What was the Accusation?
A Nashville hat store faced a backlash after announcing it was selling $5 yellow patches that looked like the Star of David, but with the words “not vaccinated.” The company also compared vaccine passports to what the New York Times called “the Nazi practice of requesting your papers. Gigi Gaskins, the owner of the store, HatWRKS, posted a message on Instagram showing a picture of herself smiling and wearing the patch. Initialing defending her decision, she wrote, “People are so outraged by my post? But are you outraged with the tyranny the world is experiencing?” It’s not clear what she meant, but news reports said that Gaskins was drawing comparisons between what Nazi Germany did during World War II, “forcing Jews to wear a signifier marking them for death (6 million died in gas chambers from 1941-1945)” and the U.S. government’s mandate to wear masks. Supporters of former President Donald Trump, including GOP House member Marjorie Taylor Greene of Georgia, have said the same thing, perhaps making Gaskins feel more emboldened.
She added: “If you don’t understand what is happening, that is on you not me. I pay much more respect to history by standing up with the fallen than offering silence and compliance.” But that message did not go over well with protesters, who held signs in front of her shop reading “The Holocaust is not a marketing op” and “Sell Hats Not Hate.” Hat makers like Stetson immediately severed ties with the store. And Ivo Daalder, U.S. ambassador to NATO from 2009 to 2013, said on Twitter: “It’s beyond grotesque to sell this evil symbol to proclaim one’s not vaccinated. Where does this end?” At this point, Gaskins had no choice but to delete her original post and post an apology, “In NO WAY did I intend to trivialize the Star of David or disrespect what happened to millions of people. That is not who I am & what I stand for.”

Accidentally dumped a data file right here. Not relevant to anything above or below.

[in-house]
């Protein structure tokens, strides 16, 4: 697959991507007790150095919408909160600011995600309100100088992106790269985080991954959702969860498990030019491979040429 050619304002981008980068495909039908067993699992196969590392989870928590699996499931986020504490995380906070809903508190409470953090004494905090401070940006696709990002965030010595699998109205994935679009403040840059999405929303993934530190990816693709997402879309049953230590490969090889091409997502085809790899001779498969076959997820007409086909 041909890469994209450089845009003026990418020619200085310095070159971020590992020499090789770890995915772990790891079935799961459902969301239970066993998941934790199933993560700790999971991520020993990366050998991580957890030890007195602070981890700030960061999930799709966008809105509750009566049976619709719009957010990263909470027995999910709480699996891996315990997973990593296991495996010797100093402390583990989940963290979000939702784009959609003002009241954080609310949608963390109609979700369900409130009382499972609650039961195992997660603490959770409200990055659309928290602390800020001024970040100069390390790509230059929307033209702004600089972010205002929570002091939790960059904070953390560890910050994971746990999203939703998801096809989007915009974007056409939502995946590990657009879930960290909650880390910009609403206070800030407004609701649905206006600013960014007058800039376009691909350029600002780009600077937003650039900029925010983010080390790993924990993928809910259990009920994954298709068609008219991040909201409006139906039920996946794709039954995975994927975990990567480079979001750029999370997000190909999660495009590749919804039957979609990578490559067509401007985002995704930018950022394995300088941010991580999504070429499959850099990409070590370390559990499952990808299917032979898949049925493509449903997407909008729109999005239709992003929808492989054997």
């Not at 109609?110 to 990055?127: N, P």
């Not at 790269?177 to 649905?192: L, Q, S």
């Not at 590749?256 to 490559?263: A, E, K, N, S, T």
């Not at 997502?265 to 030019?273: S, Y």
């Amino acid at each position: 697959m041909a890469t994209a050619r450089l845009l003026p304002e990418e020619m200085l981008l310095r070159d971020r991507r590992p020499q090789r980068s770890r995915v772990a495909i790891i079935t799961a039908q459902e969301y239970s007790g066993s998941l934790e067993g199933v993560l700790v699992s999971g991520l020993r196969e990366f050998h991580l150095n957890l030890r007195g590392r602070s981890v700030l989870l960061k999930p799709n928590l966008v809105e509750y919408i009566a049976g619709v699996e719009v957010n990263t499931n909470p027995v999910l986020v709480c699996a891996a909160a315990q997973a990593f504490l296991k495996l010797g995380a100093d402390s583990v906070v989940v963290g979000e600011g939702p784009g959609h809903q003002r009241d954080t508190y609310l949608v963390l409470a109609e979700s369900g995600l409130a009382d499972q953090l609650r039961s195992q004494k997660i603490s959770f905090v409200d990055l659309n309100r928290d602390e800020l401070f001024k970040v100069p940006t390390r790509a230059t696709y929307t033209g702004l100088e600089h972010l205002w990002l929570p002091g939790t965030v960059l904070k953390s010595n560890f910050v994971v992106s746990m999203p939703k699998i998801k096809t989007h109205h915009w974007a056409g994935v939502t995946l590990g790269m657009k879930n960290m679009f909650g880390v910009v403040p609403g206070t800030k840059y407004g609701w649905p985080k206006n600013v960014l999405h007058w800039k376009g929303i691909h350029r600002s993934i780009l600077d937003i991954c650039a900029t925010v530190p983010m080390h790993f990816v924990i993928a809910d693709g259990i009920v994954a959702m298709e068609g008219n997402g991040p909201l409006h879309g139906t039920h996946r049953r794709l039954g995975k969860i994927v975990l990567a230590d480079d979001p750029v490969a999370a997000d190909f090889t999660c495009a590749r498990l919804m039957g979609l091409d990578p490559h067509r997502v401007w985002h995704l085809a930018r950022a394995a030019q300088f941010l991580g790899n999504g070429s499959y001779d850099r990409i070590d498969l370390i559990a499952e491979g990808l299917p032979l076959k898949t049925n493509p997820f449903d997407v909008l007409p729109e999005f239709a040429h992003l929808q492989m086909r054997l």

Key Apologia Strategies:
Mortification, Good Intentions, Bolstering
In NO WAY did I intend to trivialize the Star of David or disrespect what happened to millions of people. That is not who I am & what I stand for.My intent was not to exploit or make a profit. My hope was to share my genuine concern & fear, and to do all that I can to make sure that nothing like that ever happens again. I sincerely apologize for any insensitivity.
Al Jazeera (2021, May 31). US hat shop owner denounced for sale of Star of David patches. Retrieved from https://www.aljazeera.com/news/2021/5/31/tennessee-hat-shop-denounced-for-sale-of-star-of-david-patches
Bashinsky, R. (2021, June 2). Nashville hat store issues apology after controversial ‘Star of David’ post. Inside Edition. Retrieved from https://www.insideedition.com/nashville-hat-store-issues-apology-after-controversial-star-of-david-post-that-went-viral-spurred